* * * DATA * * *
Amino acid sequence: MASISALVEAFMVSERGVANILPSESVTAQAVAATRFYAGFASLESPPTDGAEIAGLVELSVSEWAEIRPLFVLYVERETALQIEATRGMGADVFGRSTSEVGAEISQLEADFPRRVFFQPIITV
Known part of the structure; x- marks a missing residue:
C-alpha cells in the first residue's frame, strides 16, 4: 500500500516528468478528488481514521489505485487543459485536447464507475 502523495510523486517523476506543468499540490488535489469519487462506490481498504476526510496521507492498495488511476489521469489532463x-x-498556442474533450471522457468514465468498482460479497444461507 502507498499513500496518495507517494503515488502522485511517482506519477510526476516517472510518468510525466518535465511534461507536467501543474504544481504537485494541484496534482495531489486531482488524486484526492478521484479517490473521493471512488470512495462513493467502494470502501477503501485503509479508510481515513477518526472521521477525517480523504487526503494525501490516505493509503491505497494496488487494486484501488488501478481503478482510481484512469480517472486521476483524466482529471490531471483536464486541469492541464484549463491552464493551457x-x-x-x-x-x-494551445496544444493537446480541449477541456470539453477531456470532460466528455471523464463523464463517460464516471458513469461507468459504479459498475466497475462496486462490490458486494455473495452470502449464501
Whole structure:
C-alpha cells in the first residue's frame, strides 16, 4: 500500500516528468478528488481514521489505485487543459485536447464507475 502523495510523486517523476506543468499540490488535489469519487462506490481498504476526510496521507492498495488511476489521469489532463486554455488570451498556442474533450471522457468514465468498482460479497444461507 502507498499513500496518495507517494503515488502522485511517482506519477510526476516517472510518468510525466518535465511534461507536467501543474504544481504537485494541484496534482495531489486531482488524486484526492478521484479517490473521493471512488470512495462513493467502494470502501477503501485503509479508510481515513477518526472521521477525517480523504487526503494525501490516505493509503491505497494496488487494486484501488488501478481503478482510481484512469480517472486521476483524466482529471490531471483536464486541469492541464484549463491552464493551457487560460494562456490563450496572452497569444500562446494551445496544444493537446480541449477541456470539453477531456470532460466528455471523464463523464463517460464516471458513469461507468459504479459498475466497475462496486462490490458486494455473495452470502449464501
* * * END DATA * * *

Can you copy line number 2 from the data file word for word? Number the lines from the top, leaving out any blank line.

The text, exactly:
Known part of the structure; x- marks a missing residue: